Monday, August 27, 2007

Jonathan Ames Pens Decadent, Self-Indugent Book Review and That's Okay

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Anything Jonathan Ames does is news around here. The strapping man of letters, stage, Fionna Apple's heart, and most recently the boxing ring (pictured above) is a refreshing, singular, old-school New York cultural figure that you really don't see the likes of these days. Ames conflates artistic mediums like it's nobody's business. His whole oeuvre might well turn out to be some sort of insane mixed media autobiographical collage. Or maybe it's all an act: his drinking and drug problems, his queer obsessions. It doesn't really matter. Ames wrote a review for this weekend's NYT Book Review on Matt Ruff's book, Bad Monkeys. The review as review is negligible, but then, most book reviews (short form, weekend paper style) are a waste of time. Ames spends 2 of 6 paragraphs on his major issue with the novel, the acknowledgments being placed, distractingly, at the very end of the novel:
I can see nonfiction writers who have done a lot of research thanking numerous people, but novelists should put brief acknowledgments at the front of a book. I was savoring my last moments with “Bad Monkeys,” the reading equivalent of post-coital happiness, and then was yanked out of the book’s spell, which I would have liked to stay under for a little while longer, like a dream — or an illusion — I didn’t want to be woken from.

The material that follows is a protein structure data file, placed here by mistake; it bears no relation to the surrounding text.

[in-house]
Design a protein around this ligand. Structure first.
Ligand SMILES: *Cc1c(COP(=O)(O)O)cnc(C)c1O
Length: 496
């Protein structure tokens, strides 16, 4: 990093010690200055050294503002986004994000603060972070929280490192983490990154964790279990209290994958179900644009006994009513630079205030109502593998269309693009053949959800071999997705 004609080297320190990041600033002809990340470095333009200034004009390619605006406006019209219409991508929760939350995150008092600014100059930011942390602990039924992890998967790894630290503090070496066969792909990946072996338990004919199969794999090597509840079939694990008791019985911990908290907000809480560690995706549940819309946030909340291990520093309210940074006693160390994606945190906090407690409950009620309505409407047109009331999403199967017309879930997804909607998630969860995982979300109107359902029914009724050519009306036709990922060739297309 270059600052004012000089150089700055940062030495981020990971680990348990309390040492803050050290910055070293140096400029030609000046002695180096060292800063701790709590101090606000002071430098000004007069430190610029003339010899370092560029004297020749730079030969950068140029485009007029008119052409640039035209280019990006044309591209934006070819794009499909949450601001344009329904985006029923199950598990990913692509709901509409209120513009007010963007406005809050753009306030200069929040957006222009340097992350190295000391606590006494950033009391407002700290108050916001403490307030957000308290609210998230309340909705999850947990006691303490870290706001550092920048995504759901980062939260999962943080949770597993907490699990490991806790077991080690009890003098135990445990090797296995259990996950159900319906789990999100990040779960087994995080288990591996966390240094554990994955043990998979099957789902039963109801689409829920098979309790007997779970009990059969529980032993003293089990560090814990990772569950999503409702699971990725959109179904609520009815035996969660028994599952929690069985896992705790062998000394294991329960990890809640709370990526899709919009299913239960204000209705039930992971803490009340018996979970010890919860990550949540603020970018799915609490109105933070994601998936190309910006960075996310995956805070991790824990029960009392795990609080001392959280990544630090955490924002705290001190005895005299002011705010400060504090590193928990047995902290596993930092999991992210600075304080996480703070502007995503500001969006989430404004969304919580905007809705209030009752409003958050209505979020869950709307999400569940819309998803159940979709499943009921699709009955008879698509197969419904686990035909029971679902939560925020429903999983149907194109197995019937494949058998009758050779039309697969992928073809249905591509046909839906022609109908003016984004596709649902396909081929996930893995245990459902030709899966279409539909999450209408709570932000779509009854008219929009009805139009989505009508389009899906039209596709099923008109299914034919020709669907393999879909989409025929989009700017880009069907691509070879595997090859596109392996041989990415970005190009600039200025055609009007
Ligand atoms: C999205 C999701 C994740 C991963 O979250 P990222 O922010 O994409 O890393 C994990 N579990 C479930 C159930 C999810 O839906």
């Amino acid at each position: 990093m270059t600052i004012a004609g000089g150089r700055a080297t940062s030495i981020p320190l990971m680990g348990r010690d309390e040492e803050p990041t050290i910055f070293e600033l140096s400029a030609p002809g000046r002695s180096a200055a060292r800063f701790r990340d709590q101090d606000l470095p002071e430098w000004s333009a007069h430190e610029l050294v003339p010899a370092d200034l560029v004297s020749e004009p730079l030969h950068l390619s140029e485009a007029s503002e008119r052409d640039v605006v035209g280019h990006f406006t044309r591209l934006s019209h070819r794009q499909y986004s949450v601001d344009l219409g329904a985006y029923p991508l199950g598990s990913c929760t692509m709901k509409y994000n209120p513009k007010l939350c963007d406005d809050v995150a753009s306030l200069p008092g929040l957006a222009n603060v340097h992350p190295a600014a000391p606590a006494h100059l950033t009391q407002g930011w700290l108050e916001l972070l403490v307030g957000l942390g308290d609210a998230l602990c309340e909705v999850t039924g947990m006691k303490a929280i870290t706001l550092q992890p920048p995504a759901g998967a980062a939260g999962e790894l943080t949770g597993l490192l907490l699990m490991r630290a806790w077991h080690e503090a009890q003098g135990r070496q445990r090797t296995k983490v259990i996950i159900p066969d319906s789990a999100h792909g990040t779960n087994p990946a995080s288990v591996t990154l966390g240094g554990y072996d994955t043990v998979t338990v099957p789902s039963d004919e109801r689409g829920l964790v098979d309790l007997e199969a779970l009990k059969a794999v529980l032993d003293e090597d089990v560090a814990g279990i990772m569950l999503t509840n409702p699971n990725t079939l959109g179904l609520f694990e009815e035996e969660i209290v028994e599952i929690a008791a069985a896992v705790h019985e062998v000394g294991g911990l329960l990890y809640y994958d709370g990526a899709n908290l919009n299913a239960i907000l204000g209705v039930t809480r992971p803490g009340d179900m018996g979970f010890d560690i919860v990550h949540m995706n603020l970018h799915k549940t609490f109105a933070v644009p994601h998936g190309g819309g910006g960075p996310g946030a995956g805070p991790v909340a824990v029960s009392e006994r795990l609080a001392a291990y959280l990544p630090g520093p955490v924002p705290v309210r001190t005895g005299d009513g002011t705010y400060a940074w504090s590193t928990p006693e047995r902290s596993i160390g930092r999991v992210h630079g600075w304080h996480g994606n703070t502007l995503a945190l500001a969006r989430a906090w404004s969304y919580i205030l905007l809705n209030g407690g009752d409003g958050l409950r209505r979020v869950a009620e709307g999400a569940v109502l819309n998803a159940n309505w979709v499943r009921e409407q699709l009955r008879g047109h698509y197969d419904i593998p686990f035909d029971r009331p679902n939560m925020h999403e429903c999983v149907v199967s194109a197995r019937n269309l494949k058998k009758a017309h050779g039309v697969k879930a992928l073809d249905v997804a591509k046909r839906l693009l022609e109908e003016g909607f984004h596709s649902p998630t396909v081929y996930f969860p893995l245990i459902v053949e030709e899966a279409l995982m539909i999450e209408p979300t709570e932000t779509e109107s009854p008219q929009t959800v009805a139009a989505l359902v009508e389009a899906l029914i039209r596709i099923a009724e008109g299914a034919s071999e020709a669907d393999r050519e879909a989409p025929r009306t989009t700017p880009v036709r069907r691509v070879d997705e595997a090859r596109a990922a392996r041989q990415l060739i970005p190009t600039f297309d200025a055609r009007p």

Firstly, Ames is right. As a reader you've just invested a big chunk of time and emotion into this work. When you're finished, you want to sit with it. If Cormac McCarthy would have rattled off thank yous at the end of his most recent novel The Road, I might not have had that 30-minute pure anguish weepfest that I did have when finishing that lovely terrible (in a really good way) book. On the other hand, Jonathan Lethem muddled the breezy, good read that was his last novel, You Don't Love Me Yet, by tossing in the thank yous in the end. I was trying to figure out what I just read, about to determine why I should care, when suddenly I'm looking at names outside the cosmology of the text, though they obviously informed the text (I should confess that I know one of the names so the placement was even more distracting). Point being, acknowledge, briefly, before your novel, okay? I can only really handle a note on the text's typeface (which is stupid but at least innocuous) once the book is through.

Secondly, notice how in the Ames quote up above he manages to throw a sexual analogy, his "post-coital happiness," into the book review, and how that analogy has nothing to do with the substance of the book, only how it made him feel. Classic, self-indulgent, solipsistic Ames. Not many writers can pull off the self-reflexive me me me narrative bent as well as he can. And he's dating Fiona Apple. And he boxes. So. Yay Ames!!

P.S. Photograph by Laurel Ptak purloined from Gawker's series of pics from Ames' boxing match against writer Craig Davisdon at Gleason's Boxing Gym in New York on July 24th of this year.

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